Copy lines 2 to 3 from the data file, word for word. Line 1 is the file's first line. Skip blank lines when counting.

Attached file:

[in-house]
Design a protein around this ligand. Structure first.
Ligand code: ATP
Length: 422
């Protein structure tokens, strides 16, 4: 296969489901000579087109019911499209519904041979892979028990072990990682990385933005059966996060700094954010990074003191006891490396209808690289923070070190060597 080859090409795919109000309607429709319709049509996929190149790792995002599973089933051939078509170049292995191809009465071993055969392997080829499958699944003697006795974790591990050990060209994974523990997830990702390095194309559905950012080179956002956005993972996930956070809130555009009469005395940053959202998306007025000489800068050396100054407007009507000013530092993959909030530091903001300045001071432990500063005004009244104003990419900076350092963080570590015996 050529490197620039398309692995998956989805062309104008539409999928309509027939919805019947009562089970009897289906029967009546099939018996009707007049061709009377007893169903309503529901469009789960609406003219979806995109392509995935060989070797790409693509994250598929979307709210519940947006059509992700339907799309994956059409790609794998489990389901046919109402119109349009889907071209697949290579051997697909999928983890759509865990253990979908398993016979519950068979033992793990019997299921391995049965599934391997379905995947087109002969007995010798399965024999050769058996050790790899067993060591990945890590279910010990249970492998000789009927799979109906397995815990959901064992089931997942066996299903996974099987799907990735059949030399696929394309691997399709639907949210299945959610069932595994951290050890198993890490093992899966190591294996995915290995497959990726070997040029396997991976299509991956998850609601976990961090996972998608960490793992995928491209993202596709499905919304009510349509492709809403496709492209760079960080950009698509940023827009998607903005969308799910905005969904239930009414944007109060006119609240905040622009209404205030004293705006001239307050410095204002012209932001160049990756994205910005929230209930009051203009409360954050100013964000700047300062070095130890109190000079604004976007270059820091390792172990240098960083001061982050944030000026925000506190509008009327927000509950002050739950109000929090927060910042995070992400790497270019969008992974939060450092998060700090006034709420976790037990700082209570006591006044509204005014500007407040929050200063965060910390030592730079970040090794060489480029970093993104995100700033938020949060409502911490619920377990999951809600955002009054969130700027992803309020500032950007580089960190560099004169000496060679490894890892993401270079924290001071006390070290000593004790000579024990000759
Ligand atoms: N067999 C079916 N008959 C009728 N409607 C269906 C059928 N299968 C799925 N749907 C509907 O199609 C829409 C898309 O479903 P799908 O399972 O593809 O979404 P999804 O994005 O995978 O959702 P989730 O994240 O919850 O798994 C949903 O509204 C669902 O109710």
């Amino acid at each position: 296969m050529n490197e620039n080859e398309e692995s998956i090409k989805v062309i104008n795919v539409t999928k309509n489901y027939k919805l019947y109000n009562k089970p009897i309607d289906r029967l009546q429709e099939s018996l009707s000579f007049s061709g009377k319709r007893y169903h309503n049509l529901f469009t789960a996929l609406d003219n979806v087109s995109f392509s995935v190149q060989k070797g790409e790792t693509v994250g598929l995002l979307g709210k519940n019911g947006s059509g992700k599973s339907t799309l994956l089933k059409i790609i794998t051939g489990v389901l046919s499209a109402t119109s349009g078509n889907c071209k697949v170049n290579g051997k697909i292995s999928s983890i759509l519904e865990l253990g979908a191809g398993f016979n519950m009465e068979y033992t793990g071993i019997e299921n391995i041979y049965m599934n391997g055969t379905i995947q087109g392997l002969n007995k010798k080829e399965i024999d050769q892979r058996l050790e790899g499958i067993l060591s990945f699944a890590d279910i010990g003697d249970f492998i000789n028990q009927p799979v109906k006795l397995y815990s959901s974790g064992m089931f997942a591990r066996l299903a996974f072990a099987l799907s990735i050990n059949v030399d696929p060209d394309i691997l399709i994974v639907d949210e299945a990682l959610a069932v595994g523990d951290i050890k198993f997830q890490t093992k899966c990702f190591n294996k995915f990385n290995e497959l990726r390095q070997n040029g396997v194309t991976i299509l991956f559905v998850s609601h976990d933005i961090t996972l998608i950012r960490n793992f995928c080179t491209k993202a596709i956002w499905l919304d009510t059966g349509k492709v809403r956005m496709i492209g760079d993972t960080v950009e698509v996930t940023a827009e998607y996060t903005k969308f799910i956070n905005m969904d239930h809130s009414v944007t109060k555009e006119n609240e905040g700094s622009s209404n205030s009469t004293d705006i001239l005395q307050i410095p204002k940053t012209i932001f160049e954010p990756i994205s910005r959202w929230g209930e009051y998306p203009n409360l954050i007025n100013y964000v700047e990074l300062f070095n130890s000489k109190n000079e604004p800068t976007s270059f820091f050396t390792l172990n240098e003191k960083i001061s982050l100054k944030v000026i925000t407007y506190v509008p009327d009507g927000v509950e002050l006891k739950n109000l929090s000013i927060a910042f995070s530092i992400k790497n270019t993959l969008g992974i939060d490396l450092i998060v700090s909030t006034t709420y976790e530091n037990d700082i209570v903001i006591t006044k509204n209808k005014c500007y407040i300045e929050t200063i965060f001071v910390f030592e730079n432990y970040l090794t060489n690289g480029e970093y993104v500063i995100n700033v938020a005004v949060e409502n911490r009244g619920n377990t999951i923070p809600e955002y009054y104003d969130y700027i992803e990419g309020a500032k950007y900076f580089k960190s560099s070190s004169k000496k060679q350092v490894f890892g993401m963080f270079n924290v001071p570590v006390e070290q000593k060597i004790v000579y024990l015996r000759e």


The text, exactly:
Design a protein around this ligand. Structure first.
Ligand code: ATP